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Martyrdom anniversary of Kargil War hero Capt Karnal Sher Khan today

He was martyred on this day in 1999 gallantly defending the motherland and was decorated with country`s highest gallantry award, Nishan-e-Haider.        

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Martyrdom anniversary of Kargil War hero Capt Karnal Sher Khan today
GNN Media: Representational Photo

Rawalpindi: The martyrdom anniversary of Captain Karnal Sher Khan Shaheed (Nishan-e-Haider), who laid his life in an extraordinary act of bravery during the Kargil war and was conferred Nishan-e-Haider, is being observed across the country.

He was born in district Sawabi of Khyber Pakhtunkhwa in 1970.

Captain Karnal Sher Khan joined Pakistan Army in 1992. During the Kargil war, he was assigned to clear a vital position and defended five strategic posts. He al9ong with his fellow soldiers fought valiantly and was able to inflict heavy losses on the enemy.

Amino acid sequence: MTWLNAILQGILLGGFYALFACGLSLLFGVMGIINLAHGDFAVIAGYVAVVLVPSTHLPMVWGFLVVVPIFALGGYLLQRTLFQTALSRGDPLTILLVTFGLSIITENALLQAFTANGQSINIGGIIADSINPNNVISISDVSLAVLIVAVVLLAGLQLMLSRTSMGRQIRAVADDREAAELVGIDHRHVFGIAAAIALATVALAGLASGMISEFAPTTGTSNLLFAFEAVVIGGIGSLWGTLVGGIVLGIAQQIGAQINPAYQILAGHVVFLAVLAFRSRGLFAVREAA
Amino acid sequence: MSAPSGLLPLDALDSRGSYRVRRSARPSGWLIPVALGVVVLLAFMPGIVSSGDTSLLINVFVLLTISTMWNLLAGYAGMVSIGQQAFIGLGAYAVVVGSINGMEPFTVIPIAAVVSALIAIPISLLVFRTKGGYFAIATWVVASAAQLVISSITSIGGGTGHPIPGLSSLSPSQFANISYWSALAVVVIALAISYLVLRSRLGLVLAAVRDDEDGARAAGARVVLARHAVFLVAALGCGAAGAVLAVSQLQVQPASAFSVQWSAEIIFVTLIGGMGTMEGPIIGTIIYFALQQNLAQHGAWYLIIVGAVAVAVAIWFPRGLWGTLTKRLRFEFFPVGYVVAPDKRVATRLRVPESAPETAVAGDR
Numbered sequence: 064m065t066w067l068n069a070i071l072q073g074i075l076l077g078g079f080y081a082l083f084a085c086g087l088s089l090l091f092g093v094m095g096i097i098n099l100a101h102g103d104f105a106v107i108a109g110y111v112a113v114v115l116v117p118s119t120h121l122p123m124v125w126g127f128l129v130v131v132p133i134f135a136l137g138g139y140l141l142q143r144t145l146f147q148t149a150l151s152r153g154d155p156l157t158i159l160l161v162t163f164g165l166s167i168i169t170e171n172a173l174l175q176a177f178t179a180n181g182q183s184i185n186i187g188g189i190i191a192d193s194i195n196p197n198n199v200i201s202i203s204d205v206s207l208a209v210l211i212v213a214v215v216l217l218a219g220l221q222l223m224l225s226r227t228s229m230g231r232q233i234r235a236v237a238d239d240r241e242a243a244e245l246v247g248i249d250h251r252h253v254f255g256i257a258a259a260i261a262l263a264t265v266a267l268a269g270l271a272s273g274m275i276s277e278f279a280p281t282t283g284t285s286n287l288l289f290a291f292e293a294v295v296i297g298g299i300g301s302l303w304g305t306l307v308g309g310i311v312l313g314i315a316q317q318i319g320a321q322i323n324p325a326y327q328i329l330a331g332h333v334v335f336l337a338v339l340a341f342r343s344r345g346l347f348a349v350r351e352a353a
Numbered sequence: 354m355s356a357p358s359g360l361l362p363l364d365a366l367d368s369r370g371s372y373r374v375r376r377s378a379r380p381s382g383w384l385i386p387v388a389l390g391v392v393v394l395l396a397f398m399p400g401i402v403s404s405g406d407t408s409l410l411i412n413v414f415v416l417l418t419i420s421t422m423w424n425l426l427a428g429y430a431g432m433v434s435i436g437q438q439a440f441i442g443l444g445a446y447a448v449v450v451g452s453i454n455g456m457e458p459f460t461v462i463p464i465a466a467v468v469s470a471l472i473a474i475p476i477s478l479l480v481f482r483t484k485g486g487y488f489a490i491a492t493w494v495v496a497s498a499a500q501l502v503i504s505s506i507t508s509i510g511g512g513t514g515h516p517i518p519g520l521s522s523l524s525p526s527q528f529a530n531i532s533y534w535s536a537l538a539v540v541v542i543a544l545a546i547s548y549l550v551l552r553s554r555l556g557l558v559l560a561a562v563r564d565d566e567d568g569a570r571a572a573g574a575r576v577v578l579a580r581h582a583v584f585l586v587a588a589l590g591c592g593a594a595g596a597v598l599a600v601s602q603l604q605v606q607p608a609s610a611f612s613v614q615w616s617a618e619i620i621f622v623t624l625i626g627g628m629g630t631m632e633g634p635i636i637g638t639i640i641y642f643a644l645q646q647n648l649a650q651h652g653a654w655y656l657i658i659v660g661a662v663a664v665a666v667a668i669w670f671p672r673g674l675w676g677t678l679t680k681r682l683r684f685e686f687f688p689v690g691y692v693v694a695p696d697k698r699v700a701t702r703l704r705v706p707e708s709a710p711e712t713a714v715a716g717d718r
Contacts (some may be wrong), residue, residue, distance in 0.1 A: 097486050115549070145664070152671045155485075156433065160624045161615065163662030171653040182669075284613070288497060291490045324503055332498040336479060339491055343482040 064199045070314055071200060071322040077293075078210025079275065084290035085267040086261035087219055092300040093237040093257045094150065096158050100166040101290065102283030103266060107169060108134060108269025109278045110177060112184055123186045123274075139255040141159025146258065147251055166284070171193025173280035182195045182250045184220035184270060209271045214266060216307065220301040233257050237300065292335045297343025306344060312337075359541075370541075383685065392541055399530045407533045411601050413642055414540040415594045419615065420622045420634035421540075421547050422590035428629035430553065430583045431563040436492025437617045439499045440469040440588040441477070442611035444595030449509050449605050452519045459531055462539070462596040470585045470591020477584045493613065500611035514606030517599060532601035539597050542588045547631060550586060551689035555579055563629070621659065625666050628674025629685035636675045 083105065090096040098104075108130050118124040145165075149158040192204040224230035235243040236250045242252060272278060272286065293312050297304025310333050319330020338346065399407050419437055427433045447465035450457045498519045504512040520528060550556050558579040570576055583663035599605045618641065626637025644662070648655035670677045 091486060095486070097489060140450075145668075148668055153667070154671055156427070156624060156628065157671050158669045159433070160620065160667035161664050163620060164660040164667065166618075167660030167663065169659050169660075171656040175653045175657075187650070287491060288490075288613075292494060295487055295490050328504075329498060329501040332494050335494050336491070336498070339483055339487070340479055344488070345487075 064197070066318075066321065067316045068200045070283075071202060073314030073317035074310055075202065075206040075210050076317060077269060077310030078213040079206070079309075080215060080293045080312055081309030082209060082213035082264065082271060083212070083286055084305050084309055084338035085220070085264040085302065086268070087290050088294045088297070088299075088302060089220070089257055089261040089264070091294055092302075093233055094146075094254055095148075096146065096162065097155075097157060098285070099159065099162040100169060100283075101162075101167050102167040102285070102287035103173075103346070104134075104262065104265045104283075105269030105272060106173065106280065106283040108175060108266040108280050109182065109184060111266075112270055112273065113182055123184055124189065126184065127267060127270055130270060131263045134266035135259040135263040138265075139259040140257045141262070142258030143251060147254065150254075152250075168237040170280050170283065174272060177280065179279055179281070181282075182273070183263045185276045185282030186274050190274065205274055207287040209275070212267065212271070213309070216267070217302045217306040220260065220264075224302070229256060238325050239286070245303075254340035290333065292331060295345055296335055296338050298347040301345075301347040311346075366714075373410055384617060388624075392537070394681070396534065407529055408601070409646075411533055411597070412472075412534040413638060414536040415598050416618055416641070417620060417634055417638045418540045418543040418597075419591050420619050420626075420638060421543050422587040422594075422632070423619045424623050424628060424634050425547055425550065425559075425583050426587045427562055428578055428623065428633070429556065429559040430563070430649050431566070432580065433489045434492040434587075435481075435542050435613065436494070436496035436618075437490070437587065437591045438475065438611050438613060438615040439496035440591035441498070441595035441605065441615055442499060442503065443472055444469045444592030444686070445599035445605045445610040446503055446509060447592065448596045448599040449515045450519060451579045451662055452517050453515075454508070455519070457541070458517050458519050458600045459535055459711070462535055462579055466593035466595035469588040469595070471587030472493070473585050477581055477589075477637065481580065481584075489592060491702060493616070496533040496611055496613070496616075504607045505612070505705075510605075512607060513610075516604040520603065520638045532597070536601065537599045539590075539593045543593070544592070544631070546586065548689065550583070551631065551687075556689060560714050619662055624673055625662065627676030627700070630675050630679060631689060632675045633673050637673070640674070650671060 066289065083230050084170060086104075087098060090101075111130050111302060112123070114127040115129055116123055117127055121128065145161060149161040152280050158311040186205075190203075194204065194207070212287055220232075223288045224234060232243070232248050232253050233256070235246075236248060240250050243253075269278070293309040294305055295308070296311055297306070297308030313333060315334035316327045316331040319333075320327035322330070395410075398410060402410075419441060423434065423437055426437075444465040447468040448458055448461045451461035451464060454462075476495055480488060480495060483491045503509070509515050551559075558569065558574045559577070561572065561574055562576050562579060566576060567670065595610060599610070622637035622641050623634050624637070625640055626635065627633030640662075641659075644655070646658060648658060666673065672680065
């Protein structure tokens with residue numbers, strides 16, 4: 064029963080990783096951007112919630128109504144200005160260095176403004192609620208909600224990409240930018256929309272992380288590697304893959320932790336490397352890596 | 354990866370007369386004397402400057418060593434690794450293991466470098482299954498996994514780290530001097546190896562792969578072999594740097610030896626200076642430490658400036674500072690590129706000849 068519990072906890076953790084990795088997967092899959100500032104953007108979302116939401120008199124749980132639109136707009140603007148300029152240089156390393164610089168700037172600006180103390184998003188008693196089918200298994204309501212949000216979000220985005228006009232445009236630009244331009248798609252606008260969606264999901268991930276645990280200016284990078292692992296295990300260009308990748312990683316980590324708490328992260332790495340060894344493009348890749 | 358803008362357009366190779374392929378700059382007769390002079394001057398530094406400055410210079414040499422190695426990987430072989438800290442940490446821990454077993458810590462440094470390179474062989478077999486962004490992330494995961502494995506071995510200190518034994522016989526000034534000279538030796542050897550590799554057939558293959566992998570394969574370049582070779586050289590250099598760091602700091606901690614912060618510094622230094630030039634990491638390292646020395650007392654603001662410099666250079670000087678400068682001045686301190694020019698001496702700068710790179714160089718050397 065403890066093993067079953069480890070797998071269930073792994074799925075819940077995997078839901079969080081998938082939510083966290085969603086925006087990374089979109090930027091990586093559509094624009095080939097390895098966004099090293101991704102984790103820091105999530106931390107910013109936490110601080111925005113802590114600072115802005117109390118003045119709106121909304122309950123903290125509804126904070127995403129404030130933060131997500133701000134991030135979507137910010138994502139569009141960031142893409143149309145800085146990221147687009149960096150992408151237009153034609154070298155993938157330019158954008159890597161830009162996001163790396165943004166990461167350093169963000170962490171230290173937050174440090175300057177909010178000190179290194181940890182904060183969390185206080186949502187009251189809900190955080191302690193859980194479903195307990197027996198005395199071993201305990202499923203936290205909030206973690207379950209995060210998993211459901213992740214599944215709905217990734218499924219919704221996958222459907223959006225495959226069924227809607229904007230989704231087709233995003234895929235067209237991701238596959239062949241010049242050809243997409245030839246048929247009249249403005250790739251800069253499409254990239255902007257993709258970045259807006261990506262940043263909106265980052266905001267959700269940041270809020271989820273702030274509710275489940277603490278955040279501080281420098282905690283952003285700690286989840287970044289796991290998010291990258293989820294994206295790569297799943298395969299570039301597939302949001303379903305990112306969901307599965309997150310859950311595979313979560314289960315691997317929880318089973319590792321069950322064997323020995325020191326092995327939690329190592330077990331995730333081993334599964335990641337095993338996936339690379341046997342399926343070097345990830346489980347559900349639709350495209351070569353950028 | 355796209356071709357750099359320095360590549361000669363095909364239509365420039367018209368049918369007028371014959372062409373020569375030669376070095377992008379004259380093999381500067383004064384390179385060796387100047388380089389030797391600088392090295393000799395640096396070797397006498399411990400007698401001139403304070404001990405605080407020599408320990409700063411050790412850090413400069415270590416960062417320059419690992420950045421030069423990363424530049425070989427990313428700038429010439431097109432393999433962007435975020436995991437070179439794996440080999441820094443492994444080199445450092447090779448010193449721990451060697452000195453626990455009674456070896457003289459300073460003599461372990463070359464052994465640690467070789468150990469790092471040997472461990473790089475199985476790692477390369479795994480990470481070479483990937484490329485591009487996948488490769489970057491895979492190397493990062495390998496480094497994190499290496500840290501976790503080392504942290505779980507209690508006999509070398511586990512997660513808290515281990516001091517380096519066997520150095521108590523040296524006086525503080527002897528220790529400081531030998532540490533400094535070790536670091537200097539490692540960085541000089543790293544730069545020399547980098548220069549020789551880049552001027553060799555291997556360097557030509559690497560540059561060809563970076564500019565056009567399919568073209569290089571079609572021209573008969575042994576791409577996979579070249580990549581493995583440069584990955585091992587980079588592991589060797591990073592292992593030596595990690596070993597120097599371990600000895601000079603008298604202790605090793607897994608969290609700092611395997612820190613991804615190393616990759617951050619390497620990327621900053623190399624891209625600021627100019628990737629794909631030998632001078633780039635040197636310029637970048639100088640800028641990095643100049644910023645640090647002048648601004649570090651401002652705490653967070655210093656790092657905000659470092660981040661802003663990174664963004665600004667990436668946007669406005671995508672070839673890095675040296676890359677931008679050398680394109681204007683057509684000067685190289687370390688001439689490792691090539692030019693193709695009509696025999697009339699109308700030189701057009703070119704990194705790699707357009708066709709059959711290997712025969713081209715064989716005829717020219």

On July 05, 1999, Indians were able to capture some portion of one of his posts. Despite facing all odds, the martyred officer led a counter-attack and recaptured the lost post.

Sher Khan not only chased the enemy but also conducted many raids in the area. During one of such raids, he went inside the enemy camp where he inflicted heavy losses. During the battle he received burst of fire in the chest and embraced martyrdom on July 05, 1999.

During the Kargil conflict, he emerged as the symbol of courage and inflicted heavy losses on the Indian forces, while defending the five strategic posts at the height of 17,000 feet in Gultray.